Horror films like Population 436 are rarely seen these days. This flick is scary, suspenseful, and engaging. But perhaps most notably, it has neither gore nor overwhelming digital effects. As it is, this movie succeeds solely by virtue of its unique and engaging storyline, which recalls the creepy and nightmarish style of The Twilight Zone TV series.
As Population 436 begins, Steve Kady (Jeremy Sisto) is a Census Bureau investigator struggling to find his way to the small town of Rockwell Falls. City slicker Steve is driving across the picturesque American countryside, far away from civilization. From such an early stage, Population 436 exposes a profound geopolitical subtext that deeply resonates with current anxieties. Indeed, Steve embodies the federal government, and he is venturing into a remote world completely different from his.
When Steve stops at a gas station, he asks for directions but strangely, everybody completely ignores his pleas for help. Steve is completely lost and totally on his own. At this point, the film presents country people as utterly alien and even questions their moral values. Certainly, as the film has already built sympathy for Steve, such an act not only feels rude, but also appears to be an act of aggression towards the easygoing investigator. However, truth be told, large urban centers often are not that much friendlier than this.
Still, such an uncomfortable encounter does not discourage Steve, who keeps driving along the unpaved road until his car hits a pothole and blows two tires. He tries to use his cell phone, but to no avail: there is no service. Obviously, Steve has ventured into primitive territory, and his formidable and fancy technological gadgets suddenly become worthless. Thus, as a cell phone is usually consider as a reliable lifeline to connect us back home, he becomes completely severed from his world.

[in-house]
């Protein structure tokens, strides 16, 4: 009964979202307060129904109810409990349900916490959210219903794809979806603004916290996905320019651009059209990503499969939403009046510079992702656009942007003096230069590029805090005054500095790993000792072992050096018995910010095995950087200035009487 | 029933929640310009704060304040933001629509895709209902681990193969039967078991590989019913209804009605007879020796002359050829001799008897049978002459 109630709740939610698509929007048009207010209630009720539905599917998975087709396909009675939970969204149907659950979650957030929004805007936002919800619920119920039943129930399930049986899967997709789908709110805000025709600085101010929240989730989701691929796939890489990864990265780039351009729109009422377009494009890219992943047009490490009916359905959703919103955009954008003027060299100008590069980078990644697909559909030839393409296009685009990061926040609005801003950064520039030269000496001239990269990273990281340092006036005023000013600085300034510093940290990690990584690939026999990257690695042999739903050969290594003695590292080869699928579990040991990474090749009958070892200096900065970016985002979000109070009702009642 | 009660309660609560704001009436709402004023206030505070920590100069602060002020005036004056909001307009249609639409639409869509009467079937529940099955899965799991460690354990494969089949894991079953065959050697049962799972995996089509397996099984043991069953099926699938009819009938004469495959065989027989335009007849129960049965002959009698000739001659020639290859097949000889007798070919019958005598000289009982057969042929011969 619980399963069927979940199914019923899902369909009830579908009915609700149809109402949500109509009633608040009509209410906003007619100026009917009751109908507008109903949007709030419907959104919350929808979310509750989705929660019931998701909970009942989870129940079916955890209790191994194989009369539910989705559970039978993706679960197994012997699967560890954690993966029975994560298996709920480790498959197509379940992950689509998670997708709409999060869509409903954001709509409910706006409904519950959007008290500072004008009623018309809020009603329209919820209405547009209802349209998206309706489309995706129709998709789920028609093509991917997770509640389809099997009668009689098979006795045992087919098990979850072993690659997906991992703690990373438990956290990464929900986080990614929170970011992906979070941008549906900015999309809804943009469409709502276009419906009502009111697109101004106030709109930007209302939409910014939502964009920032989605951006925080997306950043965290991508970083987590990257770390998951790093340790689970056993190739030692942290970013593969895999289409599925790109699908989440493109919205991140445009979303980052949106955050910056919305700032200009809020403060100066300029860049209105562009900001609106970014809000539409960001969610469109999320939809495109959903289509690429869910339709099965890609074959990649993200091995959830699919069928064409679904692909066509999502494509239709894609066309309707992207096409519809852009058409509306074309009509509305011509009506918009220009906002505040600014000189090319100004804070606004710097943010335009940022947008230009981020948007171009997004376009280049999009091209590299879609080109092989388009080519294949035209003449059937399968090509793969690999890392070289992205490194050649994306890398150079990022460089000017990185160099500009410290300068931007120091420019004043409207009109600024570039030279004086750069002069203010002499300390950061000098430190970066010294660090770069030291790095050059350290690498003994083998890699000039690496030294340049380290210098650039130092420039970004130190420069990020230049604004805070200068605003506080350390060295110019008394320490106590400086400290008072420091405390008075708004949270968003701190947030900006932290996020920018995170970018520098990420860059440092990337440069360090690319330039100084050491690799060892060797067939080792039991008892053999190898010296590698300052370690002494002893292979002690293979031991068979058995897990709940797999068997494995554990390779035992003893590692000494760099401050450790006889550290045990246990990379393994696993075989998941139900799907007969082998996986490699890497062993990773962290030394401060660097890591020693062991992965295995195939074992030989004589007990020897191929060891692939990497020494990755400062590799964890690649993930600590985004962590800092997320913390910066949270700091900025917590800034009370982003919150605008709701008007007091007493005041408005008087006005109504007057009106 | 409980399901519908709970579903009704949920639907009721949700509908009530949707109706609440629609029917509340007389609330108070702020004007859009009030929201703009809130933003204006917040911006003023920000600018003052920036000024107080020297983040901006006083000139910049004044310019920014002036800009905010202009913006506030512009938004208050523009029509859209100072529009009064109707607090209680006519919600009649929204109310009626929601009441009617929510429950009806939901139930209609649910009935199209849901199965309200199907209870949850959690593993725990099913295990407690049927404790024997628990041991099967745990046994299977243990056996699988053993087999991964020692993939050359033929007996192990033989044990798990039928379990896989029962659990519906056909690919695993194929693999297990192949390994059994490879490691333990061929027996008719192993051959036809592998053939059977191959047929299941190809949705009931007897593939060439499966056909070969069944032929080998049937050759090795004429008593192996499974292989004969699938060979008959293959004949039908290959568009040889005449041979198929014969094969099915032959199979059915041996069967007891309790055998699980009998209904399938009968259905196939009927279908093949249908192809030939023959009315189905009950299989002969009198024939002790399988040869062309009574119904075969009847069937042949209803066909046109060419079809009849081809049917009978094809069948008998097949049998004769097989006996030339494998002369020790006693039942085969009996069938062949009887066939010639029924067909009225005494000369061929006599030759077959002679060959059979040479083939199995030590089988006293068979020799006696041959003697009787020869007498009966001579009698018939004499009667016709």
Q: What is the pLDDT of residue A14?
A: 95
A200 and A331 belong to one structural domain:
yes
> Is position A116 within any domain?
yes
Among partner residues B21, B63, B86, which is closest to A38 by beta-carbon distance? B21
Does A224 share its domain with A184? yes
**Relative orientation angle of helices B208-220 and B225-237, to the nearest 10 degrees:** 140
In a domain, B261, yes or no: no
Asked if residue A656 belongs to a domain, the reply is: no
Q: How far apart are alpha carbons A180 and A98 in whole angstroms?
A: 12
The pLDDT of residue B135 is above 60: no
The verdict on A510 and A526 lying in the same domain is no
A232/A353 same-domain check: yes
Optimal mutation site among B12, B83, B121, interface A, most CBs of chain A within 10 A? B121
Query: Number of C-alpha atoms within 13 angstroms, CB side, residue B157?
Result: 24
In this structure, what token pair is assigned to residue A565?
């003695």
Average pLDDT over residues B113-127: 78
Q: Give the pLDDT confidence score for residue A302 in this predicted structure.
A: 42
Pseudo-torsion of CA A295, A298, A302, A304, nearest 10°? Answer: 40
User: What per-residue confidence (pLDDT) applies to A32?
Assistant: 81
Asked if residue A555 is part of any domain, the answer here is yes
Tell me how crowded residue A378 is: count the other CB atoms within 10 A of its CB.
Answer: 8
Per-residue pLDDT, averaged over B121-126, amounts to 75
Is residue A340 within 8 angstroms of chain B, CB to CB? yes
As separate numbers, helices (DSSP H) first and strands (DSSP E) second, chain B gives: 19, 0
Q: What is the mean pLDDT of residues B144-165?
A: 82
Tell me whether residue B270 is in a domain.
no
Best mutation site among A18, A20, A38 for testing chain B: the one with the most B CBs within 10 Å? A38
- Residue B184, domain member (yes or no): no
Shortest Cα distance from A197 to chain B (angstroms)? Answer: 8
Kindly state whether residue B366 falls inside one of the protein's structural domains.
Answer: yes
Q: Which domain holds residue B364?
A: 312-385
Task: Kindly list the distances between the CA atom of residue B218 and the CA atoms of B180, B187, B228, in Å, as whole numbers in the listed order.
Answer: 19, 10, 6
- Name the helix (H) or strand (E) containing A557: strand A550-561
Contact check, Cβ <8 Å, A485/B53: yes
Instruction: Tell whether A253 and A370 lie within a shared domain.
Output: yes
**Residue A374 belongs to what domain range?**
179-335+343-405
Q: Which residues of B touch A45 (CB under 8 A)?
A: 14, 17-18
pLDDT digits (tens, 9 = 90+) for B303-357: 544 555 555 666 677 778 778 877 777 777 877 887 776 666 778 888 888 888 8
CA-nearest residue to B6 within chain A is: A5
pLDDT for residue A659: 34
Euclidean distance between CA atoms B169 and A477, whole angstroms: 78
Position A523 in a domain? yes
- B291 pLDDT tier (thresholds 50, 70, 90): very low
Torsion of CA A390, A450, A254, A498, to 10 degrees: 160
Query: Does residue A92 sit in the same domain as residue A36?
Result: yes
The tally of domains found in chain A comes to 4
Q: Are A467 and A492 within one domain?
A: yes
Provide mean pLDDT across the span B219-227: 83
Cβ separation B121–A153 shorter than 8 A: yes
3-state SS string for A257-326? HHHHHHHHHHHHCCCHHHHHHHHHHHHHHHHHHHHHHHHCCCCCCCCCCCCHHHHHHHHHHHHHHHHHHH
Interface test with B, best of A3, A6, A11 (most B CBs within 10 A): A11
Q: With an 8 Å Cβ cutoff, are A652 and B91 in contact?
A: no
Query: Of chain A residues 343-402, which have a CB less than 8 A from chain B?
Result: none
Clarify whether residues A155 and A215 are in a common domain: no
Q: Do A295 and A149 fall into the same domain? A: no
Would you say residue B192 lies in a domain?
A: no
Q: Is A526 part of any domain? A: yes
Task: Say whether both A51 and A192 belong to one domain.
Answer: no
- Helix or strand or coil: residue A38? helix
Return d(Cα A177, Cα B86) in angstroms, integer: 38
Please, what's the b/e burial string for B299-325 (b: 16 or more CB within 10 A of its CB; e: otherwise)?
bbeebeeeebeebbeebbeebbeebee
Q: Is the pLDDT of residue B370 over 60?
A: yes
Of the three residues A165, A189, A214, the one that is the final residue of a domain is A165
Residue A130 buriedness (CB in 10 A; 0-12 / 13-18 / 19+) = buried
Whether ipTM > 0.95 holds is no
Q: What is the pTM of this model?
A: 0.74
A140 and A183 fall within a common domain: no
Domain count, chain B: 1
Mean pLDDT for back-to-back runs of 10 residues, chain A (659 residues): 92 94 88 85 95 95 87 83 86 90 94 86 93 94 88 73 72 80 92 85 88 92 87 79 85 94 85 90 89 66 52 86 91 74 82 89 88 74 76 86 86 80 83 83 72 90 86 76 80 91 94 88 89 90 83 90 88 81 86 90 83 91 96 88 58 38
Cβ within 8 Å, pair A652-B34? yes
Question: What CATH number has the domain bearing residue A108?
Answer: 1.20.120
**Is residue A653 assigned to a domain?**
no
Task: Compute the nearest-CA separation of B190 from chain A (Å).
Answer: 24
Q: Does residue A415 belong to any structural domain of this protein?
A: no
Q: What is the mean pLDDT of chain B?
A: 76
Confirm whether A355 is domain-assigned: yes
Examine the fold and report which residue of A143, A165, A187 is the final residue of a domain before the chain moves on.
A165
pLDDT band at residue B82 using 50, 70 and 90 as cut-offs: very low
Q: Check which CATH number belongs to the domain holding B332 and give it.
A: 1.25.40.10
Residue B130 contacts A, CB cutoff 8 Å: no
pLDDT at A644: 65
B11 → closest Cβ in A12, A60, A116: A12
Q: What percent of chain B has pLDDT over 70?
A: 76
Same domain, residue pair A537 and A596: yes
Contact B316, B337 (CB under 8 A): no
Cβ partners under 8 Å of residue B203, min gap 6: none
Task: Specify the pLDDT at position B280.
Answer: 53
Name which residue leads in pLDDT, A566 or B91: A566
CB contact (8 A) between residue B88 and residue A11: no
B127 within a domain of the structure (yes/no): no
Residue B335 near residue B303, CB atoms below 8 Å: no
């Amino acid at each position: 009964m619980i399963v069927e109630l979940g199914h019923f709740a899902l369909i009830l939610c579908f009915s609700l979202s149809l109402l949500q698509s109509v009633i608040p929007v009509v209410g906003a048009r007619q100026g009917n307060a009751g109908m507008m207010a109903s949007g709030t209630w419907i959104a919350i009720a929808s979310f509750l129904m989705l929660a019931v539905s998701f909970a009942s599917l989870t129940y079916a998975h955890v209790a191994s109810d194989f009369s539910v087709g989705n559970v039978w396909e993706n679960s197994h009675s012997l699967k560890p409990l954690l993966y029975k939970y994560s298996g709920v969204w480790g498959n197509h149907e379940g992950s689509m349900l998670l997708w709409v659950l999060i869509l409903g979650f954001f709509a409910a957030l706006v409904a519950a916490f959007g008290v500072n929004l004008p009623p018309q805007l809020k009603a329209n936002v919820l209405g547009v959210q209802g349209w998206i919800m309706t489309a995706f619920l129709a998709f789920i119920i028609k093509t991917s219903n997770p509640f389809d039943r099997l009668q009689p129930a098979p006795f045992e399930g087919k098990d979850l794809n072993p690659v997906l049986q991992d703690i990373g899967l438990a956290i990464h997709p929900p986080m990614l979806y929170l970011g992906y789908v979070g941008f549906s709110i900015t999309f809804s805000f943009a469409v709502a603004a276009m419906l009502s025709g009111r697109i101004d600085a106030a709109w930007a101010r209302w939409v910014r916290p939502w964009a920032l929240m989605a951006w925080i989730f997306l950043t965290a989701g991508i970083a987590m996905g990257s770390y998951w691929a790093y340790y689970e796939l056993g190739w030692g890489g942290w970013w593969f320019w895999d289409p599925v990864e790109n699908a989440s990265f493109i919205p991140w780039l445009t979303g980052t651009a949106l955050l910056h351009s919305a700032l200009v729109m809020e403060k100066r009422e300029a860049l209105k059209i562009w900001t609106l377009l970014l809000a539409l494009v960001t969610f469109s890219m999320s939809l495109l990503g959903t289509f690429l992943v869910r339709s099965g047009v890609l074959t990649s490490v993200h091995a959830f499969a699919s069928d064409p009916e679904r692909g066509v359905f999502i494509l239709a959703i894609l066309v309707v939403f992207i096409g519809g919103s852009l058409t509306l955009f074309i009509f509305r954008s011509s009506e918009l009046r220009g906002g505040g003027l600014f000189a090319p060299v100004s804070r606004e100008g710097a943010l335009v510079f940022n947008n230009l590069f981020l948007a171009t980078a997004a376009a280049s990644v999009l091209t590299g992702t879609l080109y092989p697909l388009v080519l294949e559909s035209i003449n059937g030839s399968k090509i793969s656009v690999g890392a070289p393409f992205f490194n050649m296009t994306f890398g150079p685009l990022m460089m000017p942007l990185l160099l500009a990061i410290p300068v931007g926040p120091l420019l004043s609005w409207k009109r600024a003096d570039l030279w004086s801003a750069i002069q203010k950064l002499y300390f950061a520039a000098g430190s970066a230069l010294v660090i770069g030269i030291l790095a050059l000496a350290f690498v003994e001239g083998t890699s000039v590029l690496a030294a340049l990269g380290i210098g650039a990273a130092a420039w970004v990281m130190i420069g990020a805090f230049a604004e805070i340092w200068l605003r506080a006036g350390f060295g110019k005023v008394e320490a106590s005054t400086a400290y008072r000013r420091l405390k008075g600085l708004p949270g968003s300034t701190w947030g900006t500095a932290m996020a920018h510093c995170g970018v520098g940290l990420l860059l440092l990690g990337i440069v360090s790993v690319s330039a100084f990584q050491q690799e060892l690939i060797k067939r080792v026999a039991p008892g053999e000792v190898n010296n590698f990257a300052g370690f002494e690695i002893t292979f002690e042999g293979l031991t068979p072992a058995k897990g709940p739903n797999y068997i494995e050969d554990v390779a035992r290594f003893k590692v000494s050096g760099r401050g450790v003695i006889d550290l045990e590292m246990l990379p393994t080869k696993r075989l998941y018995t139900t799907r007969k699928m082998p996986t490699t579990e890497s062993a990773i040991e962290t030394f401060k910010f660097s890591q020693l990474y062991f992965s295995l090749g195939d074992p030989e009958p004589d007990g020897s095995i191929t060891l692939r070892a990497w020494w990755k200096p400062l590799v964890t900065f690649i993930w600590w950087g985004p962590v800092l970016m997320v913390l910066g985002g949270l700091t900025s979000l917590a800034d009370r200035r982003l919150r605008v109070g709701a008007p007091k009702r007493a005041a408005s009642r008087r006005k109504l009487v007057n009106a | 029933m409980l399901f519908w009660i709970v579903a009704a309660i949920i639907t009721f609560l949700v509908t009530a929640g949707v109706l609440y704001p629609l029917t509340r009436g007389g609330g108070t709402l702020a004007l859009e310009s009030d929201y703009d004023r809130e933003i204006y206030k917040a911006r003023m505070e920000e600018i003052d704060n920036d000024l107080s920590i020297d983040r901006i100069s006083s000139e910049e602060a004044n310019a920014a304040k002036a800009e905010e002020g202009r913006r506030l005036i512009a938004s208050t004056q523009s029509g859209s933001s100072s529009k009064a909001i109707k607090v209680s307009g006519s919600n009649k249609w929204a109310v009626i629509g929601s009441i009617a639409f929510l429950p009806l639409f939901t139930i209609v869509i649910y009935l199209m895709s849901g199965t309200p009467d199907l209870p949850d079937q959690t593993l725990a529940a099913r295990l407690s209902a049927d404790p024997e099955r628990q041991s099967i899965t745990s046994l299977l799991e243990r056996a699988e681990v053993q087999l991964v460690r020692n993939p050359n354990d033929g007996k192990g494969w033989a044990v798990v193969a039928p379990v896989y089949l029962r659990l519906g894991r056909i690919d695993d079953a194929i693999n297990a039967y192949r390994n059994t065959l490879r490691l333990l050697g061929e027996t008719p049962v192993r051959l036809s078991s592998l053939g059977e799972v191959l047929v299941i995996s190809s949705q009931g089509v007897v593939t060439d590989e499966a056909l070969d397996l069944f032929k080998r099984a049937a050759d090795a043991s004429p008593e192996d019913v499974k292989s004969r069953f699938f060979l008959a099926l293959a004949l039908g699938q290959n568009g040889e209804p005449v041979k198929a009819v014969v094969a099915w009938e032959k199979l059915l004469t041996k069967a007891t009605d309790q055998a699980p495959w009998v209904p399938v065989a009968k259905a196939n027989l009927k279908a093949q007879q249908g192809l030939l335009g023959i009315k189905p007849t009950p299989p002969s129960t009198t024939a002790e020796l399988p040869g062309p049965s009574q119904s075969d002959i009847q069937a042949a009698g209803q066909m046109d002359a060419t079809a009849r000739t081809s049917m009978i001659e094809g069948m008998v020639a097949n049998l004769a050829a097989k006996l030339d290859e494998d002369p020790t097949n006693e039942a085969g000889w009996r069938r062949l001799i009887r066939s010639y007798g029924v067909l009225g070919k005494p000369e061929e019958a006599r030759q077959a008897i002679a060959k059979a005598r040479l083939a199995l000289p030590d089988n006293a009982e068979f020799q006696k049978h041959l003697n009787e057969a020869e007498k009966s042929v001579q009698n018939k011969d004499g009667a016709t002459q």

In this regard, Population 436 has the same narrative structure as horror classics such as The Texas Chain Saw Massacre (Tobe Hooper, 1974) and The Hills Have Eyes (Wes Craven, 1977). Indeed, these films have the commonality of confronting the civilized with the primitive, and exposing the brutal confrontation that ensues. However, the horrors in Population 436 are much more subtle than in the other two slasher flicks.
Shortly after his car incident, a Sheriff’s deputy (Fred Durst) from Rockwell Falls stops by and offers to drive him to town. As it is, Rockwell Falls happens to be an idyllic town — no crime has been committed in years, there is plenty of good food, and everybody is friendly and church going. The town Mayor himself welcomes Steve and offers the support of the community so he can complete his census investigation.
But still, something about Rockwell Falls feels awkward: some families have disappeared without a trace, others are afflicted with a mysterious disease, and a young girl appears to be captive at the physician’s home. Things become even weirder when Steve discovers that the town population of 436 has remained exactly the same since the 1800s. It looks as if each and every single death in town is simultaneously accompanied by a birth, keeping the total population constant.
But in Rockwell Falls there are no mutant cannibals, alien pods, or masked murderers keeping the population on check. That is, rather than to resort to extraterrestrial beings or other supernatural entities as most recent horror films do, Population 436 merely portrays a group of people with slightly different customs than the rest of us. As a matter of fact, the highlight of Population 436 is that in a very restrained manner, it makes the sociable and God loving folks of Rockwell Falls appear secretive, creepy, and perhaps even lethal. In a subtle way, their overt friendliness feels more threatening than comforting.
As the film progresses, Steve discovers that the people of Rockwell Falls believe that if their numbers do not match 436, God will violently punish them. Also, they are convinced that God will kill anybody who intends to leave. Thus, for every child born in town, someone has to die. However, because of their deep religious convictions, almost everybody happily accepts their time to die. In a sense, this film reminds us of the cheesy Sci-Fi classic Logan’s Run (Michael Anderson, 1976), but without the gerontophobic angle.
For most of the film, we are left to wonder if the town’s bizarre beliefs are based on some otherworldly phenomena, or if it is only a self-fulfilling prophecy brutally enforced by the town authorities. As it happens, it appears that not even the filmmakers were unsure as to how they wanted the story to end. Fortunately, the finale feels very satisfying, while on the DVD’s only extra feature we can appreciate a weaker alternate ending.
Clearly, Population 436 succeeds because it exploits the anxieties and fears that characterize our post 9/11 world. At its core, this film presents a metaphor for the American military campaigns in Asia, and the xenophobia for anything that does not accommodate our Western values. As Population 436 illustrates, there is no longer a need for supernatural or alien monsters: human beings with somewhat different beliefs and upbringings are enough to frighten us to death.